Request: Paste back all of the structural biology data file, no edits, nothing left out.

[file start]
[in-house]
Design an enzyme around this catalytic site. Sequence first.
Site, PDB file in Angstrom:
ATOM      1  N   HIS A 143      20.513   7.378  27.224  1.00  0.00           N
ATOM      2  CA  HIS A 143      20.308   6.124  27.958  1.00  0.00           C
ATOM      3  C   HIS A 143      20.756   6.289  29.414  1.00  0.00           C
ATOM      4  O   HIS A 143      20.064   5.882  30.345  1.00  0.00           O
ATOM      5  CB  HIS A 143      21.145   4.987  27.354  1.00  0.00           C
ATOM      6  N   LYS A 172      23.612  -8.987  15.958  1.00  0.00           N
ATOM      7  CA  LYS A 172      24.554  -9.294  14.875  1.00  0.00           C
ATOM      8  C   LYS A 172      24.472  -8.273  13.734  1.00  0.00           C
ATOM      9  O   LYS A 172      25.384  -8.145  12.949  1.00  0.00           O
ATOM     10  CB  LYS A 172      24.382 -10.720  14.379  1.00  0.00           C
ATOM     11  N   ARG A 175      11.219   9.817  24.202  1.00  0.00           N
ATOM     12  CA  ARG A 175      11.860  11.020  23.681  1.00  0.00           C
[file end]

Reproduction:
[in-house]
Design an enzyme around this catalytic site. Sequence first.
Site, PDB file in Angstrom:
ATOM      1  N   HIS A 143      20.513   7.378  27.224  1.00  0.00           N
ATOM      2  CA  HIS A 143      20.308   6.124  27.958  1.00  0.00           C
ATOM      3  C   HIS A 143      20.756   6.289  29.414  1.00  0.00           C
ATOM      4  O   HIS A 143      20.064   5.882  30.345  1.00  0.00           O
ATOM      5  CB  HIS A 143      21.145   4.987  27.354  1.00  0.00           C
ATOM      6  N   LYS A 172      23.612  -8.987  15.958  1.00  0.00           N
ATOM      7  CA  LYS A 172      24.554  -9.294  14.875  1.00  0.00           C
ATOM      8  C   LYS A 172      24.472  -8.273  13.734  1.00  0.00           C
ATOM      9  O   LYS A 172      25.384  -8.145  12.949  1.00  0.00           O
ATOM     10  CB  LYS A 172      24.382 -10.720  14.379  1.00  0.00           C
ATOM     11  N   ARG A 175      11.219   9.817  24.202  1.00  0.00           N
ATOM     12  CA  ARG A 175      11.860  11.020  23.681  1.00  0.00           C